having or exercising skill: a skillful juggler.
showing or involving skill: a skillful display of fancy diving.
Obsolete. reasonable; rational.

Also especially British, skil·ful.

Origin of skillful

Middle English word dating back to 1250–1300; see origin at skill1, -ful
Related formsskill·ful·ly, adverbskill·ful·ness, nounqua·si-skill·ful, adjectivequa·si-skill·ful·ly, adverb

Synonyms for skillful

Synonym study

1. Skillful, skilled, expert refer to readiness and adroitness in an occupation, craft, or art. Skillful suggests especially adroitness and dexterity: a skillful watchmaker. Skilled implies having had long experience and thus having acquired a high degree of proficiency: not an amateur but a skilled worker. Expert means having the highest degree of proficiency; it may mean much the same as skillful or skilled, or both: expert workmanship. See also dexterous.

Antonyms for skillful Unabridged Based on the Random House Unabridged Dictionary, © Random House, Inc. 2019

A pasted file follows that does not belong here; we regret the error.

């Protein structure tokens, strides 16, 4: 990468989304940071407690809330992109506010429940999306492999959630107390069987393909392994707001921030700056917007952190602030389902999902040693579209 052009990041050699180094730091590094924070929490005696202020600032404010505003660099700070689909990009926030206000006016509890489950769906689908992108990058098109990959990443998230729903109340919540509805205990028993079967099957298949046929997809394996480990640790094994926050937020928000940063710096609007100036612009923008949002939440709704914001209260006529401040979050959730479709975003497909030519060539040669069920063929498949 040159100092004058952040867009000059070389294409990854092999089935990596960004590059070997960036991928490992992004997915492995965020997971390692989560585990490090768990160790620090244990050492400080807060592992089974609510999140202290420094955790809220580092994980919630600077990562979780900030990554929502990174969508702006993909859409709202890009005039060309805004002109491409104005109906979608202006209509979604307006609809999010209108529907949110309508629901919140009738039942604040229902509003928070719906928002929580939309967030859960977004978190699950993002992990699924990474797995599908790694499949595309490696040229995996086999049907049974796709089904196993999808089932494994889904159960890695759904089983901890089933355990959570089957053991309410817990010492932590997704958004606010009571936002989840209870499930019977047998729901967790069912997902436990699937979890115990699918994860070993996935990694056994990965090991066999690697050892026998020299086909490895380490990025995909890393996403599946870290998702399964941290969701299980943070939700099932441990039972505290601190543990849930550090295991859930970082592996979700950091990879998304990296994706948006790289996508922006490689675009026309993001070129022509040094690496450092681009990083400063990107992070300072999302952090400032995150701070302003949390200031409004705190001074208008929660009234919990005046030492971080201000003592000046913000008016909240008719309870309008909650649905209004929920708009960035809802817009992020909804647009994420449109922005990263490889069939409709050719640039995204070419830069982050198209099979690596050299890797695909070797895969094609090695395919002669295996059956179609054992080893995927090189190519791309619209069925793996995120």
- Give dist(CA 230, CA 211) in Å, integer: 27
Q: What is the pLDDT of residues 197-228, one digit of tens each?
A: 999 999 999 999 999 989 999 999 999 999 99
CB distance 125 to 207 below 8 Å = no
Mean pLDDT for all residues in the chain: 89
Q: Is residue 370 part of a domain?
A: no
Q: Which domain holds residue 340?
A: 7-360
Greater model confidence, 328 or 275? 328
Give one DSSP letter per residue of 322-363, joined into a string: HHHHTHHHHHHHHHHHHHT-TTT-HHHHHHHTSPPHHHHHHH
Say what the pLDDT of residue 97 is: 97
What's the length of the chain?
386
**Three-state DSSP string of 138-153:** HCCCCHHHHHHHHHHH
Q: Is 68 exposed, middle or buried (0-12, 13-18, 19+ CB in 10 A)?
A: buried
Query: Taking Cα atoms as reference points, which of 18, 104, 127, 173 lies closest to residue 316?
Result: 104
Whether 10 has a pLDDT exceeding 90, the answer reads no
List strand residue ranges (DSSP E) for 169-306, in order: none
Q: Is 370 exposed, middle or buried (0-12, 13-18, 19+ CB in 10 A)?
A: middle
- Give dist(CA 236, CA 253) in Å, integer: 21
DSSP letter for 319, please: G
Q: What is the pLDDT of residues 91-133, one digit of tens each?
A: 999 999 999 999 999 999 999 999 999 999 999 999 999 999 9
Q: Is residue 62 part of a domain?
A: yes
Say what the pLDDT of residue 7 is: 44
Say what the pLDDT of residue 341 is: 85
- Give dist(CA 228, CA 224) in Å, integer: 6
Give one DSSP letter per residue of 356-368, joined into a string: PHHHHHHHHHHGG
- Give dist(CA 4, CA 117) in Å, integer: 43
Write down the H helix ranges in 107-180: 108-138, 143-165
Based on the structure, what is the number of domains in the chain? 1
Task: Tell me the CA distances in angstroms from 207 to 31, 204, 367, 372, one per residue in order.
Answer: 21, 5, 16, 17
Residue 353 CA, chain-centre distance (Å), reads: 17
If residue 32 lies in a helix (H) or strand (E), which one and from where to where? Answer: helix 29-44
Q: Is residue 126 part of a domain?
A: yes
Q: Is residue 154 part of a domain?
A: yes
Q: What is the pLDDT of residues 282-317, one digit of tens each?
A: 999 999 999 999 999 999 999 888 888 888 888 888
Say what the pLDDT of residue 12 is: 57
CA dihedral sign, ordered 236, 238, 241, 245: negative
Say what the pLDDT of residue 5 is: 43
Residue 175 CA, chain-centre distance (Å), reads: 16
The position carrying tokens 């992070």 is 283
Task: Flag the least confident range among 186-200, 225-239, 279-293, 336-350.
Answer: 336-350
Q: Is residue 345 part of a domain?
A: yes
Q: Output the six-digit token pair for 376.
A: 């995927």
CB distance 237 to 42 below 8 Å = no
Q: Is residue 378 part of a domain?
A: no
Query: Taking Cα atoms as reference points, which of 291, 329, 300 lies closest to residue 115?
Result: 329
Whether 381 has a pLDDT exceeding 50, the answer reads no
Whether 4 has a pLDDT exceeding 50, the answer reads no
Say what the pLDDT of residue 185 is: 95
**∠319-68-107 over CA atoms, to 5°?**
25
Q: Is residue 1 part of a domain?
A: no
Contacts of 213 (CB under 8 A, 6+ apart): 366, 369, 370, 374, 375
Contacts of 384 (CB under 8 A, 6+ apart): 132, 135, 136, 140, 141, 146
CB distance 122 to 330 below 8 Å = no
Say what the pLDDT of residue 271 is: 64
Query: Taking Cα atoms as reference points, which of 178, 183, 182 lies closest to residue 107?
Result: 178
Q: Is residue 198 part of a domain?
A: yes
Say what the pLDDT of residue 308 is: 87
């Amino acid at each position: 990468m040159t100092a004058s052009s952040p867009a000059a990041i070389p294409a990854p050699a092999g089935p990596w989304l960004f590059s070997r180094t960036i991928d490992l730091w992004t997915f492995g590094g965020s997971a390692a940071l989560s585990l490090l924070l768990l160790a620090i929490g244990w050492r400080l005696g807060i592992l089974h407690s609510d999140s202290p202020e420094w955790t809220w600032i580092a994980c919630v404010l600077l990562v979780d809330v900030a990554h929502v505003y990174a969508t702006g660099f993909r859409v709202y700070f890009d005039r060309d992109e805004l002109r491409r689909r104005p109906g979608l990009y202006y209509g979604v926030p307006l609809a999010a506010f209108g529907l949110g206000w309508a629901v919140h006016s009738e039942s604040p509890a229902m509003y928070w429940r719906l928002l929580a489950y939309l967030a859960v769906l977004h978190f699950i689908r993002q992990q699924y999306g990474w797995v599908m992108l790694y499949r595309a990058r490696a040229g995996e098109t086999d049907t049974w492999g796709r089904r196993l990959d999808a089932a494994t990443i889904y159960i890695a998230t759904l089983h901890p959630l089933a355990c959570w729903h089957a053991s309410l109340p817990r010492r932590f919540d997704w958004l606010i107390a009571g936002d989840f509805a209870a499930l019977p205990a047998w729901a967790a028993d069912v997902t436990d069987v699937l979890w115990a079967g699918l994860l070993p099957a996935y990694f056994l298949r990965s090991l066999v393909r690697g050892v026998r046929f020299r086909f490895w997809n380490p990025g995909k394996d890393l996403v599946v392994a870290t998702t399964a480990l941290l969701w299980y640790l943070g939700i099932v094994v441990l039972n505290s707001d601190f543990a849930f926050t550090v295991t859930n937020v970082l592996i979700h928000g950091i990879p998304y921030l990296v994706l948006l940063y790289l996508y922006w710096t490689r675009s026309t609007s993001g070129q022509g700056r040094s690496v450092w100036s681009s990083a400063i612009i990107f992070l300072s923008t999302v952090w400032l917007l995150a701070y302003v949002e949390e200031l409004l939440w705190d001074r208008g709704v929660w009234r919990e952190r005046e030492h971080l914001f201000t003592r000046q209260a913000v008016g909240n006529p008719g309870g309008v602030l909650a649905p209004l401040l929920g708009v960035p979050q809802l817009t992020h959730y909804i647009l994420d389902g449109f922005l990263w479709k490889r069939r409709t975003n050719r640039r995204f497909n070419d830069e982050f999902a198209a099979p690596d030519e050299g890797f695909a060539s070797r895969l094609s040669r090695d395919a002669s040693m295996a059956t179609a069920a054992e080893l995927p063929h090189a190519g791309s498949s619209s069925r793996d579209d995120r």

Examples from the Web for skillful

Contemporary Examples of skillful

Historical Examples of skillful

  • If she were skillful and played things right, who could tell?


    Mary Roberts Rinehart

  • If the Lenape are so skillful, why is one of their bravest warriors here?

    The Last of the Mohicans

    James Fenimore Cooper

  • The wary and skillful Johnston had another army, and he could not be far away.

    The Rock of Chickamauga

    Joseph A. Altsheler

  • His employer, seeing the skillful strokes of the broom, wondered.

  • The land is sandy and should have skillful handling to get the best results.

    The Negro Farmer

    Carl Kelsey

Word Origin and History for skillful

also skilful, early 14c., from skill + -ful. Related: Skillfully; skilfully.

Online Etymology Dictionary, © 2010 Douglas Harper